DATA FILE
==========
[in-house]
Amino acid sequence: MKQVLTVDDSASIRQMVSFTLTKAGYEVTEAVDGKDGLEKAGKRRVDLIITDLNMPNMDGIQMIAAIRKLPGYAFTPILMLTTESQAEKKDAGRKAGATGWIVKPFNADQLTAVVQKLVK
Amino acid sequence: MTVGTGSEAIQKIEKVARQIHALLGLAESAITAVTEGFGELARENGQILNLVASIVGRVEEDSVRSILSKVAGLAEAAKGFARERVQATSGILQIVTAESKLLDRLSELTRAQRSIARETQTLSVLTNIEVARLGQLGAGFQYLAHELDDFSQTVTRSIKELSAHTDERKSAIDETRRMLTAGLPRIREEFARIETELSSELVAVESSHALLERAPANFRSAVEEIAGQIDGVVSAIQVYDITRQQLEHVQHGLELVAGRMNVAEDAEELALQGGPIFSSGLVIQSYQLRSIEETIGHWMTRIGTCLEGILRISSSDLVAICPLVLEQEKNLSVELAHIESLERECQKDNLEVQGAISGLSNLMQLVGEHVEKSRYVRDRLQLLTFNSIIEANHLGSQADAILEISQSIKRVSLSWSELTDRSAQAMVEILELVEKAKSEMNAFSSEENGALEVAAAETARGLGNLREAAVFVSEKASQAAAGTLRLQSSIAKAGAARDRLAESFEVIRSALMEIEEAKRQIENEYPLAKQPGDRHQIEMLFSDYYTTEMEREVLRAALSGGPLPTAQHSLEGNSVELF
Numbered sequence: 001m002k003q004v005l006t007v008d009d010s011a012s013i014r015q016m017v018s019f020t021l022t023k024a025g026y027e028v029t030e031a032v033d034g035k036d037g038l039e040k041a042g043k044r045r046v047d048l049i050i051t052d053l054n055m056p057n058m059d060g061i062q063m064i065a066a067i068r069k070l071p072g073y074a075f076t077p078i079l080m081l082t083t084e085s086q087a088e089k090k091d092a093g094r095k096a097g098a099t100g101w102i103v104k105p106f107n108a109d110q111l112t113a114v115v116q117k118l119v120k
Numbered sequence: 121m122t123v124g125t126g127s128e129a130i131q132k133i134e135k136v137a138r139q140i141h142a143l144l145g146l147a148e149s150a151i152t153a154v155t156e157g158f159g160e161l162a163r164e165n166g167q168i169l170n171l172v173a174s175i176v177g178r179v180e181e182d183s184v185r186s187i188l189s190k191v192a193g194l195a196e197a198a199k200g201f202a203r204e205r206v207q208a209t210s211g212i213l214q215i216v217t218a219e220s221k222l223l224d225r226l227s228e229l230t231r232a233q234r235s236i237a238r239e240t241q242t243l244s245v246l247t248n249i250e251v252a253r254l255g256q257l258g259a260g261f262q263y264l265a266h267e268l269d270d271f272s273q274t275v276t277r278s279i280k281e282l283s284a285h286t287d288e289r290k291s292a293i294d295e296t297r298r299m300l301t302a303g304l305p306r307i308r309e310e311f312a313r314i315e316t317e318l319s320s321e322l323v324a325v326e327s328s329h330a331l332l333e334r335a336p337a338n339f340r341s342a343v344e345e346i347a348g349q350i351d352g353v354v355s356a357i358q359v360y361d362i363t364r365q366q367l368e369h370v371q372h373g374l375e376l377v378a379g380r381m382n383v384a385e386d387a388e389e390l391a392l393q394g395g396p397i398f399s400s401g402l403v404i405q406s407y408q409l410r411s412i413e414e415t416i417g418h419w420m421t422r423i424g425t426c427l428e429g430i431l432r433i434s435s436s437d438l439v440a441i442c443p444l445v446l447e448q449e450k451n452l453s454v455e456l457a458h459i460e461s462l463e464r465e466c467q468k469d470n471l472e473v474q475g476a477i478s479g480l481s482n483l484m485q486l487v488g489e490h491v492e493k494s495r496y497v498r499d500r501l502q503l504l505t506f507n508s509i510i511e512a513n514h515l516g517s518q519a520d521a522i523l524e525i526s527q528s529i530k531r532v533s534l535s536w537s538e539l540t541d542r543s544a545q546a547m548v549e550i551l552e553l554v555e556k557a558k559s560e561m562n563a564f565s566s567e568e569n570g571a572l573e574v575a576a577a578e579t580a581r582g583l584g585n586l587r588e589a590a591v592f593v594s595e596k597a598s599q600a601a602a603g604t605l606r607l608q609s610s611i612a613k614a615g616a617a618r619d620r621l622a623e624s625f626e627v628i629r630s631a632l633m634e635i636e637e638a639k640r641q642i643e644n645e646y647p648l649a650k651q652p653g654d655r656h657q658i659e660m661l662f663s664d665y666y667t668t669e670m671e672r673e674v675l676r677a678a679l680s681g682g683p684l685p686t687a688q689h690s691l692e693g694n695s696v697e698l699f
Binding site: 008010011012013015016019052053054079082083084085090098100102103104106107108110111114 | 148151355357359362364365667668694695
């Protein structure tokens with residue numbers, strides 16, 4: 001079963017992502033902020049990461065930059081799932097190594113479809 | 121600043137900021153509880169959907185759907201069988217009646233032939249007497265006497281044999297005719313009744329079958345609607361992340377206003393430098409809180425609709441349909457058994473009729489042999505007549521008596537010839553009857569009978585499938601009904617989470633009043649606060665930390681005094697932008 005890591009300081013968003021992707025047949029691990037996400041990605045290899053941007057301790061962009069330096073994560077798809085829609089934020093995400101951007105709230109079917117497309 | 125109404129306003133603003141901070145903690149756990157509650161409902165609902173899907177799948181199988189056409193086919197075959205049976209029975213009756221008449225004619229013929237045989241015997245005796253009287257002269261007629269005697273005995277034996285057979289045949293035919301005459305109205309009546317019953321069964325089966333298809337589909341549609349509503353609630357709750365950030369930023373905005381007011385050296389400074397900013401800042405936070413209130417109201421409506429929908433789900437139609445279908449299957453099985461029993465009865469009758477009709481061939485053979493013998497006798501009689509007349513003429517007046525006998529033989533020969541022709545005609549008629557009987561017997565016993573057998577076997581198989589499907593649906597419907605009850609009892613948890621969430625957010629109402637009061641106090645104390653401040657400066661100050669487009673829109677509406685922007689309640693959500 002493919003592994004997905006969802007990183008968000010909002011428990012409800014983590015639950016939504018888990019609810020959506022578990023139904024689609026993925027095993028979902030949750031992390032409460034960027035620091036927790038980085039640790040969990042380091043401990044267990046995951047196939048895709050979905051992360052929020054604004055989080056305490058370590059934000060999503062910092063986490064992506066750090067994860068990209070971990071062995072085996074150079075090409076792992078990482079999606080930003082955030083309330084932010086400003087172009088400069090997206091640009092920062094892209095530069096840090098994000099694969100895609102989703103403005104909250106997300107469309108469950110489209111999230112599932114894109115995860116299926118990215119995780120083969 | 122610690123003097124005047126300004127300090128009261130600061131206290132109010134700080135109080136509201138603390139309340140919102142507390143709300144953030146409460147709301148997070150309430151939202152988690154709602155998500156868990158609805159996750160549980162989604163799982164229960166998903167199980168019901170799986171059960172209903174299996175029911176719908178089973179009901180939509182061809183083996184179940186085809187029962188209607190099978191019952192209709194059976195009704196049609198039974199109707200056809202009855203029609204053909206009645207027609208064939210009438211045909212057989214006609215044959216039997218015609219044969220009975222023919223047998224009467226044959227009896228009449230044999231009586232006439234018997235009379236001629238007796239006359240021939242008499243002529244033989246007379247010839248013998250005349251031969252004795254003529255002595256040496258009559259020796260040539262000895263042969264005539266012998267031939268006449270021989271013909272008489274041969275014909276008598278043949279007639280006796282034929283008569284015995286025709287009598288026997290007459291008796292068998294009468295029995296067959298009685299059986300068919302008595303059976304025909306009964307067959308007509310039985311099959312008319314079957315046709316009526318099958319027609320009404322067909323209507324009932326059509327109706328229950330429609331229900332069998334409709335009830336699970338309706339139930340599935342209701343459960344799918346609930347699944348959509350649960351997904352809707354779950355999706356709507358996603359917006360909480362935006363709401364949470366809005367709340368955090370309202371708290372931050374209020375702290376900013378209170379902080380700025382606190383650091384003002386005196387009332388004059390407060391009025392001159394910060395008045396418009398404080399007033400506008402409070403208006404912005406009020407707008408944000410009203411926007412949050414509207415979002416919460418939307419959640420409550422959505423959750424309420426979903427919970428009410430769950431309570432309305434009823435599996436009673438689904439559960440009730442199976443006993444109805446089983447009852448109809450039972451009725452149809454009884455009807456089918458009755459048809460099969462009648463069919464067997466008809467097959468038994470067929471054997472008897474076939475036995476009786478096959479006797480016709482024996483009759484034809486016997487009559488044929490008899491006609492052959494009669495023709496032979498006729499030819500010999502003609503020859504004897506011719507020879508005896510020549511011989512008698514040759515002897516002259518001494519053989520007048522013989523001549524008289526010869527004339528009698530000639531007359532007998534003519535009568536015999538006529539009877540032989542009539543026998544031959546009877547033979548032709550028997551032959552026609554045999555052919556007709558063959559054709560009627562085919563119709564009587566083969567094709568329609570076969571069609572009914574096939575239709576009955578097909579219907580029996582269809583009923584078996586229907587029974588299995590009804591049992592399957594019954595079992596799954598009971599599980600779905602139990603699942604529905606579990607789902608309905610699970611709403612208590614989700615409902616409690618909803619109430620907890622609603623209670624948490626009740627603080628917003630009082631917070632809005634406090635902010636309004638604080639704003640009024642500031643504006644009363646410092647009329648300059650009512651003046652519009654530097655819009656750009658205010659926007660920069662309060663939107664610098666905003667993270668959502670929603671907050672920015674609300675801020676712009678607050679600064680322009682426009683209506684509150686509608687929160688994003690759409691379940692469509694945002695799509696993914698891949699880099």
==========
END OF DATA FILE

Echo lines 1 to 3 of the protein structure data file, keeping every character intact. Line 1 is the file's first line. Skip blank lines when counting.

[in-house]
Amino acid sequence: MKQVLTVDDSASIRQMVSFTLTKAGYEVTEAVDGKDGLEKAGKRRVDLIITDLNMPNMDGIQMIAAIRKLPGYAFTPILMLTTESQAEKKDAGRKAGATGWIVKPFNADQLTAVVQKLVK
Amino acid sequence: MTVGTGSEAIQKIEKVARQIHALLGLAESAITAVTEGFGELARENGQILNLVASIVGRVEEDSVRSILSKVAGLAEAAKGFARERVQATSGILQIVTAESKLLDRLSELTRAQRSIARETQTLSVLTNIEVARLGQLGAGFQYLAHELDDFSQTVTRSIKELSAHTDERKSAIDETRRMLTAGLPRIREEFARIETELSSELVAVESSHALLERAPANFRSAVEEIAGQIDGVVSAIQVYDITRQQLEHVQHGLELVAGRMNVAEDAEELALQGGPIFSSGLVIQSYQLRSIEETIGHWMTRIGTCLEGILRISSSDLVAICPLVLEQEKNLSVELAHIESLERECQKDNLEVQGAISGLSNLMQLVGEHVEKSRYVRDRLQLLTFNSIIEANHLGSQADAILEISQSIKRVSLSWSELTDRSAQAMVEILELVEKAKSEMNAFSSEENGALEVAAAETARGLGNLREAAVFVSEKASQAAAGTLRLQSSIAKAGAARDRLAESFEVIRSALMEIEEAKRQIENEYPLAKQPGDRHQIEMLFSDYYTTEMEREVLRAALSGGPLPTAQHSLEGNSVELF